Democratic presidential nominee Barack Obama is now leading in Wisconsin polls by 10 points, according to three newly released polls, as both he and Republican presidential nominee John McCain continue to campaign around the nation in the weeks leading up to the election.
According to three different surveys conducted by WISC-TV and Research 2000, Rasmussen Report and Survey USA, Obama is leading in the polls in potential votes, favorability and the ability to better handle the economy.
WISC-TV and Research 2000 reported in their recent survey that Obama has a 51 to 41 percent lead over McCain among voters. Obama is also seen more favorably by 13 percent of voters, while 26 percent of voters think Obama would better handle the economy.
The Rasmussen Report has Obama leading McCain by 54 percent to 44 percent, with a four point lead over McCain in favorability. Nine percent of voters also said they would trust Obama over McCain when it comes to running the economy.
Survey USA reported similar results, with Obama leading McCain 52 to 42 percent. As for whom each gender would vote for, 54 percent of women and 51 percent of men said they would vote for Obama.
This 10 point lead is a significant growth compared to only a month ago, when Obama lead McCain in the polls by two points. According to the Rasmussen Report, this gives Obama an 82.8 percent chance of winning Wisconsin and its 10 electoral votes on Nov. 4.
No Republican candidate has won Wisconsin since 1984, despite how close the the last two elections have been. In 2000, Democratic presidential nominee Al Gore won by 5,000 votes, and in 2004, Democratic presidential nominee John Kerry won by 10,000.
This year may prove to be close once again, as each candidate continues to focus its attention all around the state through visits and campaign offices.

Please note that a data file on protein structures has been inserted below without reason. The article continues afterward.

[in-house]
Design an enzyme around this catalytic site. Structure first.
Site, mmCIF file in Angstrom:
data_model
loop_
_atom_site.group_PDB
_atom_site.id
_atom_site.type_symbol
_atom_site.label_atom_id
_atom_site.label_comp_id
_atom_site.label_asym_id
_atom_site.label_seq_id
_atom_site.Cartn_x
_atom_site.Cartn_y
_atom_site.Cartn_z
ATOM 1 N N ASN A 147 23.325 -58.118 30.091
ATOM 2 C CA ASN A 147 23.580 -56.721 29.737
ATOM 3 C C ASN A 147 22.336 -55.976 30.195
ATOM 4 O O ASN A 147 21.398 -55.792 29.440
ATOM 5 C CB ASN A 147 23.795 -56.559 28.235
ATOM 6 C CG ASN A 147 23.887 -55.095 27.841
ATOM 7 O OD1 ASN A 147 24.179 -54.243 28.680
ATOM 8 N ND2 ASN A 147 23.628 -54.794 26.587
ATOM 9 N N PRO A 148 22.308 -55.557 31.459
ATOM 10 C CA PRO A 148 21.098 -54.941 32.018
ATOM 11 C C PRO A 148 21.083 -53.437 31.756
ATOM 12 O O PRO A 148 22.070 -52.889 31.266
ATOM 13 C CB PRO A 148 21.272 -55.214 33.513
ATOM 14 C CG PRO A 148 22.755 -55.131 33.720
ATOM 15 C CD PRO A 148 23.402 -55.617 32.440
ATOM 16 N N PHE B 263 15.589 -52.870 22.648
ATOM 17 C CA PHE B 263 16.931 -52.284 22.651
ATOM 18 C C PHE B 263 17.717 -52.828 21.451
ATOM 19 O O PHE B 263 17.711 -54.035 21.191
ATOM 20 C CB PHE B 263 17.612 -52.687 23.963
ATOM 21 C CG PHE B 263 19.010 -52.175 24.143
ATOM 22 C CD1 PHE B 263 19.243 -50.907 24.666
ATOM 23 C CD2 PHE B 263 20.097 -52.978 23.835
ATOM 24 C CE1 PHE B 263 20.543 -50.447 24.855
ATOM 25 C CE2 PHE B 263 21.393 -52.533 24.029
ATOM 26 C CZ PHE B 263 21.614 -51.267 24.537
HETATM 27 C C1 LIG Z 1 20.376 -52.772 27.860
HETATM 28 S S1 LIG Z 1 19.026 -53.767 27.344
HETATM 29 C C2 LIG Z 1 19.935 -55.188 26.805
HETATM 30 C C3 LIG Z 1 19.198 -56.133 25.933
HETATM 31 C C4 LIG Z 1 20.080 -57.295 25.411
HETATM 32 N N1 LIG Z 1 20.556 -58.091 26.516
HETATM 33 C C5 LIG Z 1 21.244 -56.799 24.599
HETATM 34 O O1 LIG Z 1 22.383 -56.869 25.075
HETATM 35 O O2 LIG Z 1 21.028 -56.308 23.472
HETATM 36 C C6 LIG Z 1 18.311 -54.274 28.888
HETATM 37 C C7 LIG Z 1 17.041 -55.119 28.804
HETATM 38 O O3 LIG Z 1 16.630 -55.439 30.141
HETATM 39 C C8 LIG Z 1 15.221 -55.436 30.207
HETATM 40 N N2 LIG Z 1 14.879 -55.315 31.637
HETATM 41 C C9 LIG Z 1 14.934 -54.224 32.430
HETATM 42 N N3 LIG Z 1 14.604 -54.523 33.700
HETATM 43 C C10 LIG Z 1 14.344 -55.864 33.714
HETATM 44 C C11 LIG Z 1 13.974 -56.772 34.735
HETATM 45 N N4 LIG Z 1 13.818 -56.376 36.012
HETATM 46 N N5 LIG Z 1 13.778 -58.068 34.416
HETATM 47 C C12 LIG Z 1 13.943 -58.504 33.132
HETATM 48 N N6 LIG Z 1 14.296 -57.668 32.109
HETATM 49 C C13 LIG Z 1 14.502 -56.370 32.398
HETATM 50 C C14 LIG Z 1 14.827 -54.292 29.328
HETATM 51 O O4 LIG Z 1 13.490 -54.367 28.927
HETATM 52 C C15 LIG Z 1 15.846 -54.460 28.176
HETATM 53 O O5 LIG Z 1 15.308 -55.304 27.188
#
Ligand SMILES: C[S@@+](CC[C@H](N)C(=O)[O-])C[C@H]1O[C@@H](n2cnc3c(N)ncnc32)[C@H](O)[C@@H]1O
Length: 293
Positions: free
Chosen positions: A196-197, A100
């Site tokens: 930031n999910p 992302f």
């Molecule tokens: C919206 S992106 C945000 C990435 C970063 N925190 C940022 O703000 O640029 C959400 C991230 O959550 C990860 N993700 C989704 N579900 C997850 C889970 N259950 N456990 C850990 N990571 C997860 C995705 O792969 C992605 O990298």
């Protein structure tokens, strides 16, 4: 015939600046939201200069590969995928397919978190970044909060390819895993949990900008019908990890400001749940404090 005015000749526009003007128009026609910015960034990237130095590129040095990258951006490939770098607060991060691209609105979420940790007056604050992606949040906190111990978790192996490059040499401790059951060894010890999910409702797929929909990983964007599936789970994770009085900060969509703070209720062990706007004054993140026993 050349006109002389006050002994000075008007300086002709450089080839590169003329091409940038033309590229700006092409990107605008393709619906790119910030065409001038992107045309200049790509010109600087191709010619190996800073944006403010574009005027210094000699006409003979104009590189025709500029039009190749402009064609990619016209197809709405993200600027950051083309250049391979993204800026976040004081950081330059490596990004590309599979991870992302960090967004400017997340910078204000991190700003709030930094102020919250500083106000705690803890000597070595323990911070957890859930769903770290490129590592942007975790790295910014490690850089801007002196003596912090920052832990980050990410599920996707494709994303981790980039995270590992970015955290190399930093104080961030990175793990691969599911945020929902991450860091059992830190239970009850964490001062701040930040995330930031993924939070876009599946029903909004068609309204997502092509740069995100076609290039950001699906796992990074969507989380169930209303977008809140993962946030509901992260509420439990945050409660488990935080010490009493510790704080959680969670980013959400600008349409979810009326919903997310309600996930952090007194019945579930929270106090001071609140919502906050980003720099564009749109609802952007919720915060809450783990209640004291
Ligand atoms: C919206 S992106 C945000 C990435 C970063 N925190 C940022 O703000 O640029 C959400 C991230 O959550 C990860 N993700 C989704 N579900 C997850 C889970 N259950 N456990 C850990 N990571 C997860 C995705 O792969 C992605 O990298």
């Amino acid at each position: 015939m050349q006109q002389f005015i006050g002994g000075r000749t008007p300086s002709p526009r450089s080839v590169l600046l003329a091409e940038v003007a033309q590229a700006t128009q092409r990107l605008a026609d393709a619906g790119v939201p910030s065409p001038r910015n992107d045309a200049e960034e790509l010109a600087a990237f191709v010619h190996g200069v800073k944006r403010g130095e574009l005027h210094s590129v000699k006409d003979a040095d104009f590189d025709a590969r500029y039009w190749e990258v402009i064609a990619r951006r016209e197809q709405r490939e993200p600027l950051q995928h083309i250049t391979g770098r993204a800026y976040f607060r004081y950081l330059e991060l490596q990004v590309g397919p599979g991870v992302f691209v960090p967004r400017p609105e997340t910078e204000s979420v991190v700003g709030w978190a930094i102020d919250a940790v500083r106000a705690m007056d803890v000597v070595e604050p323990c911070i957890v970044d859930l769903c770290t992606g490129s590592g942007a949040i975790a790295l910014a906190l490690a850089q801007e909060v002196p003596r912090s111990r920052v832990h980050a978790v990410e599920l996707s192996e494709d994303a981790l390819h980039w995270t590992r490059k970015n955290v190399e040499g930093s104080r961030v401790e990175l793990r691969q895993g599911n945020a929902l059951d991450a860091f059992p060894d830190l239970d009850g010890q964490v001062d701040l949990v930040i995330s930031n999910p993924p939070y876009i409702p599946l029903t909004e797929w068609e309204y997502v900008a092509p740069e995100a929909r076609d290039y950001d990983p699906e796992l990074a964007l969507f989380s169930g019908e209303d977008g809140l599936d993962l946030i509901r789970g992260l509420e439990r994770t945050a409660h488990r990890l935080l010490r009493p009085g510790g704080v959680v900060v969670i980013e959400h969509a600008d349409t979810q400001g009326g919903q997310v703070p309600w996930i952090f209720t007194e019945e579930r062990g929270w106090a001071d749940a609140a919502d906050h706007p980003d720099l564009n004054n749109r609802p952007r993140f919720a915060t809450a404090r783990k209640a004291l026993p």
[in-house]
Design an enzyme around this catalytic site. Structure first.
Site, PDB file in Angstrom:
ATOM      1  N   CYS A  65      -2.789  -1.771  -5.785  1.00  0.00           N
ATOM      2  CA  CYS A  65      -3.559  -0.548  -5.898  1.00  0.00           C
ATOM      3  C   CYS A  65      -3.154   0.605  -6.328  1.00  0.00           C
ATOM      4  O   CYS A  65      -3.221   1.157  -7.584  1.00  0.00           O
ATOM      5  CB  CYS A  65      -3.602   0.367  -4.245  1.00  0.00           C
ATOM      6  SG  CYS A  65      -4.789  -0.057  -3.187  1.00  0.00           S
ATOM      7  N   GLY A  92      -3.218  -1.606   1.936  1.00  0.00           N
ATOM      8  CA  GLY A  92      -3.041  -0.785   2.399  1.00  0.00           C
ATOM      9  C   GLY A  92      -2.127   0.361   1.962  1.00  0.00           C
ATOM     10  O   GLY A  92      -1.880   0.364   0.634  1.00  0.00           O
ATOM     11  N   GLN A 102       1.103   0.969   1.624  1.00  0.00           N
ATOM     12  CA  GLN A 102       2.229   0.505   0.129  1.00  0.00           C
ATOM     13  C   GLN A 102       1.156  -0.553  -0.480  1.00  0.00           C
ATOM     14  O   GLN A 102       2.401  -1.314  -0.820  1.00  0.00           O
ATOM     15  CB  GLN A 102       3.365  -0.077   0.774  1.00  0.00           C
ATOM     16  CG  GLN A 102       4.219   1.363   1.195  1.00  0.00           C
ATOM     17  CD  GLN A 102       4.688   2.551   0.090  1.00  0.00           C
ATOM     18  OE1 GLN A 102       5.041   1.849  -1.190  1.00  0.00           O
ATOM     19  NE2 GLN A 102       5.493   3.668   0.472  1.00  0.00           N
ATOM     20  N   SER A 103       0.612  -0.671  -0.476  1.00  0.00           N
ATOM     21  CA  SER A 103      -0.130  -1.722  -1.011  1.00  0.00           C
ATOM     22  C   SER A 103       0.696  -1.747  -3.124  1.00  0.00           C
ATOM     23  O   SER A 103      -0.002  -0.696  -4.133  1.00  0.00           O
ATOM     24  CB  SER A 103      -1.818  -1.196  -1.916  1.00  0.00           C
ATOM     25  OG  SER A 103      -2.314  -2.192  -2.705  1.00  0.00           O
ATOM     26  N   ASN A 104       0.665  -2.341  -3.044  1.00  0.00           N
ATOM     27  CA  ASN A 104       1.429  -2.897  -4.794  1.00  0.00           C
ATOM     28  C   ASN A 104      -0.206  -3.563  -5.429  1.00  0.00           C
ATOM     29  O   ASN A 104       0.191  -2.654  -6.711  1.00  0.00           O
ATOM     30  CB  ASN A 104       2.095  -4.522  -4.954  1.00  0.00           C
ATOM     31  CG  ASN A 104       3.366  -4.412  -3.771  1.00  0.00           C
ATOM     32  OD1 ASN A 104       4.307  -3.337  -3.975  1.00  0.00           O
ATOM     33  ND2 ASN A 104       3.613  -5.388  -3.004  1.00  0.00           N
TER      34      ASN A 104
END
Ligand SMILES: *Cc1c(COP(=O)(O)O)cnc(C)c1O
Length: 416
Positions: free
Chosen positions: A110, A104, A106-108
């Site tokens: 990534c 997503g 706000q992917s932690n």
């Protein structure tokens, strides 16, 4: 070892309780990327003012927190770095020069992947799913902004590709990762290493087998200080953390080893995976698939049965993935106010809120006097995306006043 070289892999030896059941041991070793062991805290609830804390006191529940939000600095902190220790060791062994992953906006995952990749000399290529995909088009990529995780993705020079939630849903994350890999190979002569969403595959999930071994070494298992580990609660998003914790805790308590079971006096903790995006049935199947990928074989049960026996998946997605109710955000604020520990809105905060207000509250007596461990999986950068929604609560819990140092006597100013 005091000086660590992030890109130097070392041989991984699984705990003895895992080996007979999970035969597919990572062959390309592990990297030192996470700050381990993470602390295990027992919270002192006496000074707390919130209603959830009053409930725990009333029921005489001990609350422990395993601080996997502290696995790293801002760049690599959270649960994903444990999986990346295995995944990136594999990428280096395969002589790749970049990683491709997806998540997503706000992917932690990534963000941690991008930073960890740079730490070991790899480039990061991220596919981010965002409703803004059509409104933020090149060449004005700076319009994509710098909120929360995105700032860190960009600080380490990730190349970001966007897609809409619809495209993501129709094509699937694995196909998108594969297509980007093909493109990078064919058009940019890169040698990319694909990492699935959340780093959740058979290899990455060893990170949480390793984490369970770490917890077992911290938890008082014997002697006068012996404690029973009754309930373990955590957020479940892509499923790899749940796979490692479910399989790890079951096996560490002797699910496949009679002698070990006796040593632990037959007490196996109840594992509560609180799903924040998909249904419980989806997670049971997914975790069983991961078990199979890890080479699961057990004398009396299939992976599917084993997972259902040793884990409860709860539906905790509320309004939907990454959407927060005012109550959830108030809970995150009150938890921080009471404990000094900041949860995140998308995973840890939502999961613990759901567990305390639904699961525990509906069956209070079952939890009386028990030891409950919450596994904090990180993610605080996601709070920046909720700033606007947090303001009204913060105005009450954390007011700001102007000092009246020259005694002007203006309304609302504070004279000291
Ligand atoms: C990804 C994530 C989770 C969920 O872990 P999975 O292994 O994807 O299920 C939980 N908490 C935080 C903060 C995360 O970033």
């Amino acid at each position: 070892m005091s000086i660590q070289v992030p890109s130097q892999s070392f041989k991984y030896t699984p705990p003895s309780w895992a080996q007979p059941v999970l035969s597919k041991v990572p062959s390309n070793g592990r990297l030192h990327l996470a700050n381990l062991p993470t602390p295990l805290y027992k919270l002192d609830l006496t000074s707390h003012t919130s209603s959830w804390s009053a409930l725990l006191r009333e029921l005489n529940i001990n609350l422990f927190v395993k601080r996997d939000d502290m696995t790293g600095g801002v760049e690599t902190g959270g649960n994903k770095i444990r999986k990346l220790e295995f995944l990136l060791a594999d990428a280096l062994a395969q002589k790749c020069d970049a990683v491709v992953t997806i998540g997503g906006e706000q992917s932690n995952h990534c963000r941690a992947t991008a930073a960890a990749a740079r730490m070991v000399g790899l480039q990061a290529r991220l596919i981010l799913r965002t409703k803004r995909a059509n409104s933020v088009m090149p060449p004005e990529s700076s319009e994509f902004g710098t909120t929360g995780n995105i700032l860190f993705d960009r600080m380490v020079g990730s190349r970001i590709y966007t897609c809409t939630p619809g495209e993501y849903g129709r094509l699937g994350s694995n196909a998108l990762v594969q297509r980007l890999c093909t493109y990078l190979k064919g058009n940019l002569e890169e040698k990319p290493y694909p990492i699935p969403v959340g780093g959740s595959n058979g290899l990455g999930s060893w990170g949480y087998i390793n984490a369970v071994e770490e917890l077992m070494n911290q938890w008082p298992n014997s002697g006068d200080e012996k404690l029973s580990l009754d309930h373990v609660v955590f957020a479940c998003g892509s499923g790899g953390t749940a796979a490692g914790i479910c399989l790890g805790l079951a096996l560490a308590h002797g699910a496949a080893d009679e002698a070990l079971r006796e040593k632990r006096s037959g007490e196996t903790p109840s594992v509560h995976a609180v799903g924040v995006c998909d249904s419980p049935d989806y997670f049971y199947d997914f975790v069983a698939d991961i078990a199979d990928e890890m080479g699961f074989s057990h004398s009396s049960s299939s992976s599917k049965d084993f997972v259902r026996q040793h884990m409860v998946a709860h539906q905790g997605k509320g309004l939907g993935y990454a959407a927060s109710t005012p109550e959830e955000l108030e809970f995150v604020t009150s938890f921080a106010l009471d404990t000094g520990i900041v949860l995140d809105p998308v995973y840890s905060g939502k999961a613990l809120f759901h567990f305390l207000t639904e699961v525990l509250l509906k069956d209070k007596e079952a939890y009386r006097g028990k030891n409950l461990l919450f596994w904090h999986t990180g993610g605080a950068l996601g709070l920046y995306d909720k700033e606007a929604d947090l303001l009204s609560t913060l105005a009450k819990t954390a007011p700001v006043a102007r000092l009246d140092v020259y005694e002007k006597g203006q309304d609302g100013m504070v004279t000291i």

McCain has planned three visits in Wisconsin this week.
Along with Republican vice presidential nominee Sarah Palin, McCain will host a joint town hall meeting in Waukesha today. This is the second joint town hall meeting Palin and McCain have held in Wisconsin.
After Waukesha’s event, McCain will then hold a rally in Mosinee and a rally scheduled in La Crosse Friday.
According to Kirsten Kukowski, communications director for the Republican Party of Wisconsin, these stops reflect the areas that the McCain campaign is focusing on in the weeks leading up to the election.
“The Milwaukee area is always important ? Waukesha County and Milwaukee County,” Kukowski said. “Then, he’s going to Wausau where there are typically more independent voters, which is a voting class we feel Sen. McCain appeals to.”
McCain is focusing on western and northern Wisconsin, but has also made stops in Racine and Green Bay, which is a conservative area that often leans Democratic, Kukowski added.
While McCain has specific areas of concentration, Obama is focusing on “playing in every corner of the state,” according to Phil Walzak, state communications director for the Obama campaign.
“We have 50 field offices open … in traditionally Democratic areas and traditionally Republican areas,” Walzak said. “This campaign is making an effort to reach out and talk to voters from all across the state, from all different backgrounds.”
lthough Obama has no scheduled stops in Wisconsin before the election, Walzak said more visits may be planned in the future.